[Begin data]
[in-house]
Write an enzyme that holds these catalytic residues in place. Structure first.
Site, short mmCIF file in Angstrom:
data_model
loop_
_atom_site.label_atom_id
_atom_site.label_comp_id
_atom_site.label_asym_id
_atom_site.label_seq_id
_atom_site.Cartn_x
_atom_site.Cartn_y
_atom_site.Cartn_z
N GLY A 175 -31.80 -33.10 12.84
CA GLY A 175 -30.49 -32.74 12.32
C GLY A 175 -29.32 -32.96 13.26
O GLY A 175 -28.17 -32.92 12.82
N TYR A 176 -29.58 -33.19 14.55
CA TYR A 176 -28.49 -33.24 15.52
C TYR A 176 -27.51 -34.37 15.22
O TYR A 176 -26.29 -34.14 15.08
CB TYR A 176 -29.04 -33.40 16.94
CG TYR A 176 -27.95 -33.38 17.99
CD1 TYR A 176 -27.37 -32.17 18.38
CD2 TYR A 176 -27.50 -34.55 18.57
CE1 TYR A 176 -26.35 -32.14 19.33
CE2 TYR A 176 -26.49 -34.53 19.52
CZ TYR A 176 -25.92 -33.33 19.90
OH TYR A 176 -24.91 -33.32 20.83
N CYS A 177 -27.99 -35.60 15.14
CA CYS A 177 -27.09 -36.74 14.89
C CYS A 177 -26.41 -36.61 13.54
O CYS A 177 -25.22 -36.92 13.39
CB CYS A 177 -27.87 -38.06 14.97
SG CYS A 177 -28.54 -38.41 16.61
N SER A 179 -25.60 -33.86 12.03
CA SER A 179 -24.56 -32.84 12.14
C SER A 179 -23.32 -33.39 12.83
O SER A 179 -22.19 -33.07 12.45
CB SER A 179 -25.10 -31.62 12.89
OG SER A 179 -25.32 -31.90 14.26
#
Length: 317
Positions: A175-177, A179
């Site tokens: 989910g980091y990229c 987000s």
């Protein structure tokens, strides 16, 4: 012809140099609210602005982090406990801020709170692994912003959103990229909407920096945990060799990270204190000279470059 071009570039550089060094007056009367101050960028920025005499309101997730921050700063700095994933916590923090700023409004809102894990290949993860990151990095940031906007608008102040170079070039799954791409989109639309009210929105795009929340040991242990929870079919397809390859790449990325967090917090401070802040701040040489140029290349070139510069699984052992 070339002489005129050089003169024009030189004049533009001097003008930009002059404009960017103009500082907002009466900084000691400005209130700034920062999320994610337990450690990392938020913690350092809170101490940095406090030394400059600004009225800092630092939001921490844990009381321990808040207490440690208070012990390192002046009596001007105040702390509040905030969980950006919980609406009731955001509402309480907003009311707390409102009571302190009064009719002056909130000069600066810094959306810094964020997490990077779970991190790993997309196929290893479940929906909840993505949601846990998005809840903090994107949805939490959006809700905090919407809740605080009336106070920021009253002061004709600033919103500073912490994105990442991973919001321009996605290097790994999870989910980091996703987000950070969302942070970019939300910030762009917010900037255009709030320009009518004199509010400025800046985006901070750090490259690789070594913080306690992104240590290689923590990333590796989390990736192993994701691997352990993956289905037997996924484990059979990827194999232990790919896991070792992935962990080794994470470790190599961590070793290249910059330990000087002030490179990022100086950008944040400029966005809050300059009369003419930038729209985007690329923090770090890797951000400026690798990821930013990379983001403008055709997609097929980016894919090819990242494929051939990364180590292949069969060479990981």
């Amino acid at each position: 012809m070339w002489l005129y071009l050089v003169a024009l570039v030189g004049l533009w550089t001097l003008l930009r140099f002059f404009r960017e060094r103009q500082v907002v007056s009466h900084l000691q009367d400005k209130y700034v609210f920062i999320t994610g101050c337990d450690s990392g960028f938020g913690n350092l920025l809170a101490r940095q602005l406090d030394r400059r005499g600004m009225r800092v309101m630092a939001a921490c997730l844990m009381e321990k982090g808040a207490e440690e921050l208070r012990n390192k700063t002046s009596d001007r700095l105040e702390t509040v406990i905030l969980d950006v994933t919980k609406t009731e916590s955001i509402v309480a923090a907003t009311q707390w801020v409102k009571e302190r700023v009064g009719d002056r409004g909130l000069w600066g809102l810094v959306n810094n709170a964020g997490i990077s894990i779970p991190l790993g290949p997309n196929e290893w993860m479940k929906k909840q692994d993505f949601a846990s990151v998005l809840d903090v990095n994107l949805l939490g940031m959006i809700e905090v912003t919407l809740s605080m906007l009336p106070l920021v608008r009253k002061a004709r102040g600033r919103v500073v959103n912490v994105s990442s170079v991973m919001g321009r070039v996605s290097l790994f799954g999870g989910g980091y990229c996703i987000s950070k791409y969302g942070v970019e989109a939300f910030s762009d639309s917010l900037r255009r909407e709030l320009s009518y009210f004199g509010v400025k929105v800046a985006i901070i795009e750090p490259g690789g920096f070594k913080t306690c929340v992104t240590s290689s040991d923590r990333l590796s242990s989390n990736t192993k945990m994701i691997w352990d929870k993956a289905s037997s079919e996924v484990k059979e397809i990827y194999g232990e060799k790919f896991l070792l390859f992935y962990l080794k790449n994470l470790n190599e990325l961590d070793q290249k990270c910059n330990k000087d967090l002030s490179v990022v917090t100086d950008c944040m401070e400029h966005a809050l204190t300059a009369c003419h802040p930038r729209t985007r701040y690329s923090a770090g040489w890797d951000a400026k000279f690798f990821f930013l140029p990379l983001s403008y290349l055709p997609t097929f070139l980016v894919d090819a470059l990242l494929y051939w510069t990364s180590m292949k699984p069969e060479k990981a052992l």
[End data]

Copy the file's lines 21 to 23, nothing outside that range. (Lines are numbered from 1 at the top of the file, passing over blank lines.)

CB TYR A 176 -29.04 -33.40 16.94
CG TYR A 176 -27.95 -33.38 17.99
CD1 TYR A 176 -27.37 -32.17 18.38